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Thread: USAAF serving in RAF Squadrons

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    Default USAAF serving in RAF Squadrons

    I have been doing some research into an aircraft crash whilst returning from operations in August 1943 and discovered that the crew's rear gunner was an American Staff Sergeant. A further look through the Sqn ORB shows at least one other being posted out to "duties with the USAAF". Does anyone know if this was a common occurrence and if it happened with all trades and Squadrons?

    Thanks
    Daz

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    Daz,

    I know of a USAAF pilot who flew as second pilot on Coastal Command Fortresses in the Azores wearing US uniform before being posted out to the USAAF to fly Douglas A-20s.

    Robert

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    Daz,

    Americans in the RCAF were given the option to join the USAAF with the condition they first finish their tours with British or Commonwealth squadrons.

    Those who did gave their reasons as life insurance and higher pay.

    Those RCAF Americans I have found ended up with US service numbers beginning with "106"

    Dave

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    A USAAF pilot serving with 617 was awarded a British DFC but then 'blotted his copybook' by having two unnecessary flying accidents, resulting in his being returned to the USAAF.

    The whole topic is quite a broad canvas and covers things like the Eagle squadrons, initial issues with US citizens crossing into Canada to join the RCAF - thereby committing a federal offence in the early days. This then led on to an exchange of personnel on a formal basis. Sometimes, there might be a German speaking special operator on 101 Sqn flying ABC Lancasters, who was actually a USAAF SNCO.

    Post war the USAF/RAF Exchange Scheme was introduced and still flourishes. The famous Robin Olds, commanded 1 Sqn in about 1950. In Korea, a number of RAF aircrew served with the USAF flying F86s and at least two - Baldwin and Hinton were lost so doing. I served under two USAF officers and I know that there were many who served with the RAF on the Lightning, Buccaneer and Phantom and several who were lost, including one from a Jaguar squadron and another three, including two US Marines, whilst on the Harrier at home or in Germany.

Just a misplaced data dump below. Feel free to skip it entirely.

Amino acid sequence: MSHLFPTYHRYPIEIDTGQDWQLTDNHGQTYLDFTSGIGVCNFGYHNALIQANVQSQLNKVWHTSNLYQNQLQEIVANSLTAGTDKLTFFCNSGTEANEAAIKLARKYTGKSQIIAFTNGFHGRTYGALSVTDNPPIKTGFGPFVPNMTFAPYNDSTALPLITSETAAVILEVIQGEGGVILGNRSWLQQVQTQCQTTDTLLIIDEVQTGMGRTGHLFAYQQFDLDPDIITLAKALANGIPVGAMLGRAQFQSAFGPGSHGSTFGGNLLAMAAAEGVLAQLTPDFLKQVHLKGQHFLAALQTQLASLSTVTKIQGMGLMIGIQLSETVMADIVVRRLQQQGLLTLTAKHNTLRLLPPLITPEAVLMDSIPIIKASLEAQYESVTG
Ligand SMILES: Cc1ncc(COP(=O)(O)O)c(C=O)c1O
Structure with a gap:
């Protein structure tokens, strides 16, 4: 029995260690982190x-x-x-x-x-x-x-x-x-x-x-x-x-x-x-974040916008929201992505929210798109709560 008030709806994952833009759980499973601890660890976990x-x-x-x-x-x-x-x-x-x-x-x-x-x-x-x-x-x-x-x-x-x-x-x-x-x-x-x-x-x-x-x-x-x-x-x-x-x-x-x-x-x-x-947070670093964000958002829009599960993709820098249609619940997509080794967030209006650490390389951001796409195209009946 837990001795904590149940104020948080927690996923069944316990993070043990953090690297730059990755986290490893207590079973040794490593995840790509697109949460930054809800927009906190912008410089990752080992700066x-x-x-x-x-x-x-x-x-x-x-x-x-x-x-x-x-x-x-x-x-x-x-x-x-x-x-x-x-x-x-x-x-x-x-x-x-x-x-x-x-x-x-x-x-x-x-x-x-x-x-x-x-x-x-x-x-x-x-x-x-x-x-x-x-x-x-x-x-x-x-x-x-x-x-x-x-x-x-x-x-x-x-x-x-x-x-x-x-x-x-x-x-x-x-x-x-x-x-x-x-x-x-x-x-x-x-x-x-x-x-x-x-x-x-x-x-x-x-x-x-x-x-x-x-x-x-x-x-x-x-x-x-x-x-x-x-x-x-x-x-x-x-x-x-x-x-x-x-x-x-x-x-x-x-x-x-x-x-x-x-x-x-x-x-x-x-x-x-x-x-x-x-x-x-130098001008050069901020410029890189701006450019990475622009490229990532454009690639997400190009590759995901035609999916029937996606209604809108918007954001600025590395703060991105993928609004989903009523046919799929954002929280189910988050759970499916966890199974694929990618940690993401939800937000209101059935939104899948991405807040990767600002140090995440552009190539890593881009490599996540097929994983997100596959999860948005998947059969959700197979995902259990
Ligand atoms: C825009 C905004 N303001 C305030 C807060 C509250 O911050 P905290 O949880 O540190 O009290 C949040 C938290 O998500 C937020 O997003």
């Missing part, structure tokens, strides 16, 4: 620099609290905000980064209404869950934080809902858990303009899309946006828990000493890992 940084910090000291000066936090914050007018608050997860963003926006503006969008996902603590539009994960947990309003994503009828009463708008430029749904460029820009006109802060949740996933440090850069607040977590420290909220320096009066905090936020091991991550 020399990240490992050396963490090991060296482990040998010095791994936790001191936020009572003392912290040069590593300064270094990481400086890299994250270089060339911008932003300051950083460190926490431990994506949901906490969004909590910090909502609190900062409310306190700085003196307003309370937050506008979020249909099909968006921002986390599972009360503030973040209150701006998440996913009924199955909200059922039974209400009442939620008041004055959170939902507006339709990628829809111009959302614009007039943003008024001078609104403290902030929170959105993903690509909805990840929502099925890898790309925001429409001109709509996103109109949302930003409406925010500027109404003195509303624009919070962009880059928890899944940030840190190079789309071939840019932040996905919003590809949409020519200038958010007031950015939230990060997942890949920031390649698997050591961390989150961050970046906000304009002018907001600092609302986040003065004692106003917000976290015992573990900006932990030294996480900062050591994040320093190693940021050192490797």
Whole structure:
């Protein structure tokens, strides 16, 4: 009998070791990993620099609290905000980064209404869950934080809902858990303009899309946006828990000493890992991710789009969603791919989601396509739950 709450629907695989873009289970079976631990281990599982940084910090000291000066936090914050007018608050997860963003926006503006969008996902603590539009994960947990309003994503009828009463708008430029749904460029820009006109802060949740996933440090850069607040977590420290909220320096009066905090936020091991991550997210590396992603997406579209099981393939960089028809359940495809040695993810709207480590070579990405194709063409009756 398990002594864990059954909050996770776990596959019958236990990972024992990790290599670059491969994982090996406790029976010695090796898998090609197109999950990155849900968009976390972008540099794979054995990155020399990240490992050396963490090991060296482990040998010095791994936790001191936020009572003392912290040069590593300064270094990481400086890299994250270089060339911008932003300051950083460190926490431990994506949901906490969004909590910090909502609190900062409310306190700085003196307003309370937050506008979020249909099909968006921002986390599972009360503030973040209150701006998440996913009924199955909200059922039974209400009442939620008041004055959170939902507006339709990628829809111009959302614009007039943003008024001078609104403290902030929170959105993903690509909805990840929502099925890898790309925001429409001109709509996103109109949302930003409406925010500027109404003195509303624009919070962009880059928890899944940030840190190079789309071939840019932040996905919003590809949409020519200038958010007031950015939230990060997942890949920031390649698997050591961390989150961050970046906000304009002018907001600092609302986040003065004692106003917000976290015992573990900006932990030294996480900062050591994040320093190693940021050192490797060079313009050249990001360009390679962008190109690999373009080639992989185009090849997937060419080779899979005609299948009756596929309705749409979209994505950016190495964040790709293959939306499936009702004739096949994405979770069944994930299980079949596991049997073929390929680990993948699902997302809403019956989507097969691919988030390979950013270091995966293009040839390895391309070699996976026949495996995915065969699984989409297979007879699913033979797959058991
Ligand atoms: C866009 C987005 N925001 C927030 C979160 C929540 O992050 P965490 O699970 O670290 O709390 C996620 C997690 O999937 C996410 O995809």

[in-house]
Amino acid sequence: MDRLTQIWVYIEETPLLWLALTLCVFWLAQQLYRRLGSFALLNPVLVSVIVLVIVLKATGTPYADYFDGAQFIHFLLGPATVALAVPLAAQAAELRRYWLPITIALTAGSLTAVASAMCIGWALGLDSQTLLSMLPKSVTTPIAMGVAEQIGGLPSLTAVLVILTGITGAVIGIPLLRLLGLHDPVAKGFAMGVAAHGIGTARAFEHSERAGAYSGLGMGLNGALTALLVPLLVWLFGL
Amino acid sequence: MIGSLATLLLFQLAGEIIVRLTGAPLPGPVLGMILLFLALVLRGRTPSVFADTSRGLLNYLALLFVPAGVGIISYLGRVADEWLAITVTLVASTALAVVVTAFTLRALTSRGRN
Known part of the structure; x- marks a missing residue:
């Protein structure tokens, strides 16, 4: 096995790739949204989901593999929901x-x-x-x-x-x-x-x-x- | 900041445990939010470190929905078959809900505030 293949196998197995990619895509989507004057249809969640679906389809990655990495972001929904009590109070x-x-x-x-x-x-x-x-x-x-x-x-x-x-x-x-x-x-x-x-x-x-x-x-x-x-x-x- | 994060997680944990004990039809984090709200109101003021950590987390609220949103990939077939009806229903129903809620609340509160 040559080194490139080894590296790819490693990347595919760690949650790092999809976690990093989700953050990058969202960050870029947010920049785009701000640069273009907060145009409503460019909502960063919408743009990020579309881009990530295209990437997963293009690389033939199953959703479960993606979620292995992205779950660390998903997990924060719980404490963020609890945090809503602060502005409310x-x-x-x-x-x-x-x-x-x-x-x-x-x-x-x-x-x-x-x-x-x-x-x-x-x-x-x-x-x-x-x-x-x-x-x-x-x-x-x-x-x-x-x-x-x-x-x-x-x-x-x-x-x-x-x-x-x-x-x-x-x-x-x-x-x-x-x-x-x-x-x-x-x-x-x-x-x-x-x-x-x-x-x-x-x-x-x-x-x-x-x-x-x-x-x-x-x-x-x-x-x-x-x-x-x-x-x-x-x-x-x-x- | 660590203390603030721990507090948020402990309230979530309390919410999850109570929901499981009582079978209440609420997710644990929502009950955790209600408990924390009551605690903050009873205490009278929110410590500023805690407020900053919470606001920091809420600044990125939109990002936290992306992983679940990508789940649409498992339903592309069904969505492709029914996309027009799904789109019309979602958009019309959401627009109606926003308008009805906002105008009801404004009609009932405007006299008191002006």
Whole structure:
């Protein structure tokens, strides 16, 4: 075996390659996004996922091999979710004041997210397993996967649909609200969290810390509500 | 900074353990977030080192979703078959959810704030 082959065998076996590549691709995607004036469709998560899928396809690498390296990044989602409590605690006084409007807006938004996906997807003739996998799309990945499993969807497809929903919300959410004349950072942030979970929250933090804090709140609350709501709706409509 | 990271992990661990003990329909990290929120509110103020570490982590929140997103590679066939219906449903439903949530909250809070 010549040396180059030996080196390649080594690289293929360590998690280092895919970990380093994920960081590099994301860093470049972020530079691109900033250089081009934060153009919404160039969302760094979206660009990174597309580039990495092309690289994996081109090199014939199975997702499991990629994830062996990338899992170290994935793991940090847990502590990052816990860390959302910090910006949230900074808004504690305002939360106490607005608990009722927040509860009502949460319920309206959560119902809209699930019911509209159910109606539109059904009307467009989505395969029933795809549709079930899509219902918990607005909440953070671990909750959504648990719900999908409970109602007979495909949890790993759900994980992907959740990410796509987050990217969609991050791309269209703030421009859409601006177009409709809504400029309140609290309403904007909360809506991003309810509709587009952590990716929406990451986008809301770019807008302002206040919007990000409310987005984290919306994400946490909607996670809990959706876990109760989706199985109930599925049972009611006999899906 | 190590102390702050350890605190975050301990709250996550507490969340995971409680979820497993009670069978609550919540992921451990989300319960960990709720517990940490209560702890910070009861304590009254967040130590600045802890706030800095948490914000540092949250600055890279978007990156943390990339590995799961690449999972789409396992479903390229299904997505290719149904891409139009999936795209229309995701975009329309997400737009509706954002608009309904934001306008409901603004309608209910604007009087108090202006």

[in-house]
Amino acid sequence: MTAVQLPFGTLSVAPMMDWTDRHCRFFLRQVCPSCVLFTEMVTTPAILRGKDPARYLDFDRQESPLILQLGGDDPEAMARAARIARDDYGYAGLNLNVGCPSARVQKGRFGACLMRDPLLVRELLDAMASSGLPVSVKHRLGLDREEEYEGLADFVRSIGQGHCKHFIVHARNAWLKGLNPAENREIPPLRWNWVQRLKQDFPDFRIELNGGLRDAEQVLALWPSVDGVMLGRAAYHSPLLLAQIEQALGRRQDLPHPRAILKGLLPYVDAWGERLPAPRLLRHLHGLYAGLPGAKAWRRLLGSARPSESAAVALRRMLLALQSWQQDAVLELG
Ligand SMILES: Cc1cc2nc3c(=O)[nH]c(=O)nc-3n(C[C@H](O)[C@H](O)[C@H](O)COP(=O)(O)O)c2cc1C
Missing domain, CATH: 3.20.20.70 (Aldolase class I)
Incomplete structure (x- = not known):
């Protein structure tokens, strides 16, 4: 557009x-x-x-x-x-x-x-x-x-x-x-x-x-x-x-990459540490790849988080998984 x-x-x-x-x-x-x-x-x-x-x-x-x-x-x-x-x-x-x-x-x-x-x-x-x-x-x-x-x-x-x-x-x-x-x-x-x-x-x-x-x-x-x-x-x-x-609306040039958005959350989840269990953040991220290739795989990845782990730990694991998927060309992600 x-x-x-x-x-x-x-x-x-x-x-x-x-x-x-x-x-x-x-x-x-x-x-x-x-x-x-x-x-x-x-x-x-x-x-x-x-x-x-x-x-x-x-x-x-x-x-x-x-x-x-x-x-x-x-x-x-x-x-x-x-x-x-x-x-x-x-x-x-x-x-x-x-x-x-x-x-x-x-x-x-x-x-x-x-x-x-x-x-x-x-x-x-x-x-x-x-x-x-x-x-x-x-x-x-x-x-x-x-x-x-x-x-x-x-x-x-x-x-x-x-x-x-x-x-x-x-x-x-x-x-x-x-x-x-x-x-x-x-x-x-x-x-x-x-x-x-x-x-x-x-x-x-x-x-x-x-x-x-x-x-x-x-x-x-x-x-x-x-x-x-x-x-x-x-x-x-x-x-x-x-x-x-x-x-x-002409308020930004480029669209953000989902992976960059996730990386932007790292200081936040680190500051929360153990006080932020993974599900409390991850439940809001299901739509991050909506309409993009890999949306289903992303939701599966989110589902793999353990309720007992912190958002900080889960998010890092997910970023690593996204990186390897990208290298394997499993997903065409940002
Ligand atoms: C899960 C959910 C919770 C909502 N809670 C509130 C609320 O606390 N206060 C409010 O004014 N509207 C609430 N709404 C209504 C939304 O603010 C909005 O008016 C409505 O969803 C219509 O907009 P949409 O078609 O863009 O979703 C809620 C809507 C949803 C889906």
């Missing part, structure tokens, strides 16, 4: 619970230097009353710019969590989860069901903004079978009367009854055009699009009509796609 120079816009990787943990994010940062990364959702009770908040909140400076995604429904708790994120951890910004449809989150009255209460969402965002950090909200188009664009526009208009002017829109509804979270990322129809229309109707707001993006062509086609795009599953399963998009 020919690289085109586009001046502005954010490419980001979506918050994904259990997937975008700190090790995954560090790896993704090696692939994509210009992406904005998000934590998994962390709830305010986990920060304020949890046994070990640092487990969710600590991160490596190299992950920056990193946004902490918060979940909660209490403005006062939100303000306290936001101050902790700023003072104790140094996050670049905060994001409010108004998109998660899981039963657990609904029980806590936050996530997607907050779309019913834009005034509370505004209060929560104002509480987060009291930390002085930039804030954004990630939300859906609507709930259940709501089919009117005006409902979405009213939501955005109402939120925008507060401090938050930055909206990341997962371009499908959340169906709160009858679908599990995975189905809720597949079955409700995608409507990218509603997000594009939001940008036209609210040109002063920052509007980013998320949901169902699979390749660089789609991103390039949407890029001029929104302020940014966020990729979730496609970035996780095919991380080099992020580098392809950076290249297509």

I feel a book coming on - but not by me!!!!

    Colin Cummings

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    There were no US personnel serving as Special Duties Operators on 101 Squadron. Let me rephrase that. There might have been but they were serving in the RCAF. I have a list of all of them from October 43 until war's end. The majority were British and Canadian with a few Australians and some German and Austrian Jews.

    I'm aware of three Americans serving in American uniform on the squadron. All three started their tours as RCAF. The two air gunners were awarded the DFM but neither lived to collect it. The third, an officer who had just enlisted in the USAAF two weeks before, was taken prisoner when Lancaster DV308 was lost on ops to Berlin 1/2 January, 1944.

    Dave

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    Daz,

    Sounds like you're talking about 10601064 S/Sgt Richard L. Barger of Fayette Co., Ohio. Enlisted in the US Army Air Corps 13 July 1943 at the 12th Replacement Depot, Chorley, Lancs.

    When he was in the RCAF, his number was R135529. He graduated from No. 4 Bombing and Gunnery School, Fingal, Ontario 7 June 1942.

    Dave

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    Daz,

    No.218 (Gold Coast) had ten Yanks serving on it at one time or another, 1942/43 was the most prevalent. Of the ten, 7 were killed, 1 PoW and three survived. All were initially RCAF until the majority transferred to the USAAF.

    Cheers

    Steve
    No.218 (Gold Coast) Squadron Association Historian
    No.623 squadron Research

    ~~IN TIME ~~

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    Quote Originally Posted by alieneyes View Post
    Daz,

    Sounds like you're talking about 10601064 S/Sgt Richard L. Barger of Fayette Co., Ohio. Enlisted in the US Army Air Corps 13 July 1943 at the 12th Replacement Depot, Chorley, Lancs.

    When he was in the RCAF, his number was R135529. He graduated from No. 4 Bombing and Gunnery School, Fingal, Ontario 7 June 1942.

    Dave
    Dave
    He is one of them, the other that I have identified so far is Sgt East. Interestingly the Sqn ORB continues to refer to Barger as a Sgt even after his promotion and transfer to USAAF. I don't know if Barger flew operationally with the USAAF given the spinal fracture he suffered while at 78 Sqn. He did survive the war and I think he died in the last two years.

    Daz

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    Thanks to everyone who has replied, interesting to see how these young men were employed. Does anyone know how easy it is to research their USAAF service online?
    Daz

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